Id. Preliminary injunctive relief is designed "to minimize the hardship to the parties pending the ultimate resolution of the lawsuit." Platinum Home Mortgage Corp. v. Platinum Fin. Group Inc., 149 F.3d 722, 726 (7th Cir. 1998). A party seeking a preliminary injunction must make a threshold showing that (1) it has some likelihood of success on the merits, (2) no adequate remedy at law exists, and (3) it will suffer irreparable harm if the injunction is not granted. Ferrell v. United States Dep't of Housing and Urban Dev., 186 F.3d 805, 811 (7th Cir. 1999). If the moving party is able to establish these three factors, the Court must then balance the harms to both parties using a "sliding scale" analysis, also taking into consideration the effect that granting or denying the injunction will have on the public. Id. "[T]he greater the moving party's likelihood of prevailing on the merits, the less strongly it must show that the balance of harms weighs in its favor." Id. "A preliminary injunction is an extraordinary remedy that should not be granted unless the movant, by a clear showing, carries the burden of persuasion." Chicago Dist. Council of Carpenters Pension Fund v. K & I Constr., Inc., 270 F.3d 1060, 1064 (7th Cir. 2001) (citing Mazurek v. Armstrong, 520 U.S. 968, 972 (1997) (per curiam)); accord Winter v. Natural Res. Def. Council, Inc., 555 U.S. 7, 24 (2008).
Magistrate Judge Frazier's R & R recommends that this Court deny Jackson's motion for injunctive relief because Jackson fails to establish a likelihood of success on the merits. Specifically, the R & R concludes
Jackson has not met his burden of demonstrating that his mail was destroyed by any Menard Correctional Center employee, much more indicated how or why any Defendant in this case is behind the intentional destruction. Jackson reaches his conclusions based only on the facts that he paid for postage and an intended mail recipient did not receive the article of mail. He is, once again, unable to draw any causal connection to a missing mail article and the Defendants named in this case.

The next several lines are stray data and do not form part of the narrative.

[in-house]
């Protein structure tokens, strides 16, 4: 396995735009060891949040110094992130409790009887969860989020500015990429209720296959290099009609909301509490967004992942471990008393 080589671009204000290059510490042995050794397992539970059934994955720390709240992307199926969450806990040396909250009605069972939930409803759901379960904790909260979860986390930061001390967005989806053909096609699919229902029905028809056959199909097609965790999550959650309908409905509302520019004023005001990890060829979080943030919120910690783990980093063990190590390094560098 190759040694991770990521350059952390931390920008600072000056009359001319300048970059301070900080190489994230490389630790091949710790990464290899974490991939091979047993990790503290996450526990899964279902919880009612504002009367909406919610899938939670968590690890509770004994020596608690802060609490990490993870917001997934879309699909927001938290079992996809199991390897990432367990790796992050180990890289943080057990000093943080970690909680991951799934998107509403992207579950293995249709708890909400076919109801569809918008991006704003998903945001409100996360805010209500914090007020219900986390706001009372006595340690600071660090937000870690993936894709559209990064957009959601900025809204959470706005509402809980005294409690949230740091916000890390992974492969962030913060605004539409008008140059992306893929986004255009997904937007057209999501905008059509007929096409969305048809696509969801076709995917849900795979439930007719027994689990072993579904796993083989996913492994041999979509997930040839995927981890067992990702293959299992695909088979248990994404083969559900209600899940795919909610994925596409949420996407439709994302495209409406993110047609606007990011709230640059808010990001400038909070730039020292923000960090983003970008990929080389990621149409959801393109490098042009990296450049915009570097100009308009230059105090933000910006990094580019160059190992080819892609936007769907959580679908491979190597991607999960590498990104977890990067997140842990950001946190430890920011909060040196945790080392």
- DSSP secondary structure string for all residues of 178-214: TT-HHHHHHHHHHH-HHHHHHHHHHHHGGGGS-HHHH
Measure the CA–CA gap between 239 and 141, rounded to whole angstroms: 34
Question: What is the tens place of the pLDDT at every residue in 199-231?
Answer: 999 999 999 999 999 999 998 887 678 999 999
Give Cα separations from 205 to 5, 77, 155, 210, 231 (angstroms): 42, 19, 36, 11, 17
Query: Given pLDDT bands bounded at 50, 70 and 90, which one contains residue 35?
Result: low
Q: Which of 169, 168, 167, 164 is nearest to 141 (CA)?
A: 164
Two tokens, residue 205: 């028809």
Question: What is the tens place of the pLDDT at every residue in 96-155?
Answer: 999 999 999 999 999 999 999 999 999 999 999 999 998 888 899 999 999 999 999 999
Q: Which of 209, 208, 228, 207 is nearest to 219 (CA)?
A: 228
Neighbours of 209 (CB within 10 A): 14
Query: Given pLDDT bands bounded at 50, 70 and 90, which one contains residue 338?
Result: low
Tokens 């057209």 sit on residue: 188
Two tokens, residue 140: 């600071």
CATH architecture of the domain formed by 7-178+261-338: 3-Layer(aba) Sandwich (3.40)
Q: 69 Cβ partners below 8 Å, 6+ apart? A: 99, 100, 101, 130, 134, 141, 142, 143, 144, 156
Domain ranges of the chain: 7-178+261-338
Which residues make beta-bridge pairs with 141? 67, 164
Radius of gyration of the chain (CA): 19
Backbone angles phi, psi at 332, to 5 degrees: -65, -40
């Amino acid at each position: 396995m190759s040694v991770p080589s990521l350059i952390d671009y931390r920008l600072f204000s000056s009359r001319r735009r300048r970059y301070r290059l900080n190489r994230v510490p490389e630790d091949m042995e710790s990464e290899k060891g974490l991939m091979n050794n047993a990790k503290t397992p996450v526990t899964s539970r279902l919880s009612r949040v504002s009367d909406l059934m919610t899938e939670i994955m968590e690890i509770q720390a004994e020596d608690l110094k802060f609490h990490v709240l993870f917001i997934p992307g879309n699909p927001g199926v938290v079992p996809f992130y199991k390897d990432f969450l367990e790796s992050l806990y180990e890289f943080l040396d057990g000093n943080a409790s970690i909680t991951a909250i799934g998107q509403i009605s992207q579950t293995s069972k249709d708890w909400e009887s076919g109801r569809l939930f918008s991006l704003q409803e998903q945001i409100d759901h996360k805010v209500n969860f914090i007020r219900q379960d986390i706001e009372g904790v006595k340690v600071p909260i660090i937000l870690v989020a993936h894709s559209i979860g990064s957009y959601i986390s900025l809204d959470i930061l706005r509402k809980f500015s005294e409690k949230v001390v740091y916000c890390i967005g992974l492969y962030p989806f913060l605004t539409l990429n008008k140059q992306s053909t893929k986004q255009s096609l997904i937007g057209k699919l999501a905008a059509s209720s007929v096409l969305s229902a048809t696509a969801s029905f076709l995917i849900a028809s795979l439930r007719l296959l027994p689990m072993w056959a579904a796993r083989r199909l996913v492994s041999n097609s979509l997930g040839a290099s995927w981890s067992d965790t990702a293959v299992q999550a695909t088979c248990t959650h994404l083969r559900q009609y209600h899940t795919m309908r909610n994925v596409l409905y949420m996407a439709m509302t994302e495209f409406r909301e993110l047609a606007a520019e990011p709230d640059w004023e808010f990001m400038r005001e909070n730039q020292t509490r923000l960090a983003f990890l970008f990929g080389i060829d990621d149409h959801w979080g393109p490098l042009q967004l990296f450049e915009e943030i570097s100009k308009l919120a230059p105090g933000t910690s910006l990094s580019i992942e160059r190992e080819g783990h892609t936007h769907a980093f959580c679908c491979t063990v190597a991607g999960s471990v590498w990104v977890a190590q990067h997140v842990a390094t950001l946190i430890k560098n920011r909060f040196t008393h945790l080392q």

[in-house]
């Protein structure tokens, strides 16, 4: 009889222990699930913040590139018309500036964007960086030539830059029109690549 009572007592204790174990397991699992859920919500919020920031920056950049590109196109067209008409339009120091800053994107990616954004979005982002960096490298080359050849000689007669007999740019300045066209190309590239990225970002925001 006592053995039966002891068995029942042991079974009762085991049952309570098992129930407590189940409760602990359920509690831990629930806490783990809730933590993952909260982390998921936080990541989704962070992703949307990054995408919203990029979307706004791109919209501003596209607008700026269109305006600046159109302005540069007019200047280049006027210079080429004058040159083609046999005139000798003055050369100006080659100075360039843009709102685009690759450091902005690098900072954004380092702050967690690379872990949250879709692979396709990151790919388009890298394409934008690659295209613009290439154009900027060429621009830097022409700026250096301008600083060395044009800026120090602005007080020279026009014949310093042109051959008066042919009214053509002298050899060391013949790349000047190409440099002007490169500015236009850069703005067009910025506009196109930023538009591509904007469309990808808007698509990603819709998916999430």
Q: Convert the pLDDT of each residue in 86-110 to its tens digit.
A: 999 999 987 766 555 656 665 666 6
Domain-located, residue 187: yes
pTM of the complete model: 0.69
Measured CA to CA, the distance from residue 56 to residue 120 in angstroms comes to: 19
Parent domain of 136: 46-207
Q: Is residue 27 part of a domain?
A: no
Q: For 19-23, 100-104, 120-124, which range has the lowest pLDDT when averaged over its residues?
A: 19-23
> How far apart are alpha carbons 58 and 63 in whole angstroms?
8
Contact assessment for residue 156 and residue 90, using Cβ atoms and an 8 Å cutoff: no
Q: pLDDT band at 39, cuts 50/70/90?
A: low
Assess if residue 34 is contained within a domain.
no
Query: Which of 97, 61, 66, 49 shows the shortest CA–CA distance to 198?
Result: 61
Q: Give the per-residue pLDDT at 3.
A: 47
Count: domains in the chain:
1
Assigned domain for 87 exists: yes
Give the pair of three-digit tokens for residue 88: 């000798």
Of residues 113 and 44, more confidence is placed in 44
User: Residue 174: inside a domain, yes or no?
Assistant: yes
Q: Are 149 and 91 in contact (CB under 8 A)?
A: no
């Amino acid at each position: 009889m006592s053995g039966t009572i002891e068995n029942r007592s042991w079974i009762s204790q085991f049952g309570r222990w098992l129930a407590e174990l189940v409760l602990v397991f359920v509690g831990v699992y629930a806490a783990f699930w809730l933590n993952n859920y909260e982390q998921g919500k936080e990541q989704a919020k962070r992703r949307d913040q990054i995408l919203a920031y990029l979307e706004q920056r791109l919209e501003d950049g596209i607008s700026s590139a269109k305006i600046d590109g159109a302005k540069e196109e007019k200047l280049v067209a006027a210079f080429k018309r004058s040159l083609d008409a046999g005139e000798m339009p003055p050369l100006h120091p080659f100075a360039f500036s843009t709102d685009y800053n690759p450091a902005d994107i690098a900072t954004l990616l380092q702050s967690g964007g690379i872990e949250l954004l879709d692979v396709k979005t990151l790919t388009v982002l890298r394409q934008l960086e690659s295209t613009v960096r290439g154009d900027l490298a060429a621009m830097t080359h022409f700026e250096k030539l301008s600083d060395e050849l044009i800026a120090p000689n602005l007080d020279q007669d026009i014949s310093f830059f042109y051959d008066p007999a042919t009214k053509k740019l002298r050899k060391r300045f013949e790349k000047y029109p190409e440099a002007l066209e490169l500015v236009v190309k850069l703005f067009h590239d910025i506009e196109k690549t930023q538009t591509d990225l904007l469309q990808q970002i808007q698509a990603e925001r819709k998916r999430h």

(Doc. 63, pp. 1-2). Jackson's objection reiterates that his evidence that someone in the mailroom is destroying his mail is the fact that he pays for postage and the mail never makes it to the intended recipient.
First, the Court will consider whether Jackson has carried his burden in establishing he has some likelihood of success on the merits. Prisoners have a First Amendment right to send and receive mail. Rowe v. Shake, 196 F.3d 778, 782 (7th Cir. 1999) (citing Thornburgh v. Abbott, 290 U.S. 401 (1989)). Prison practices that impact a prisoner's non-legal mail "must be reasonably related to legitimate penological interests.'" Rowe, 196 F.3d at 782 (quoting Thornburgh, 290 U.S. at 409).
As the Court explained in its previous order, Jackson provides no evidence that someone destroyed his letters. In the event the letters were destroyed, Jackson provides no evidence that the individual defendants were involved in the destruction of his mail. For these reasons and the reasons previously given for denying Jackson's motions for injunctive relief, Jackson has failed to carry his burden in establishing some likelihood of success on the merits. Because Jackson has failed to satisfy one of the requisite elements, the Court must deny Jackson's motion for injunctive relief.
For the foregoing reasons, the Court ADOPTS the R & R (Doc. 63) and DENIES Jackson's motion for injunctive relief (Doc. 55).
IT IS SO ORDERED.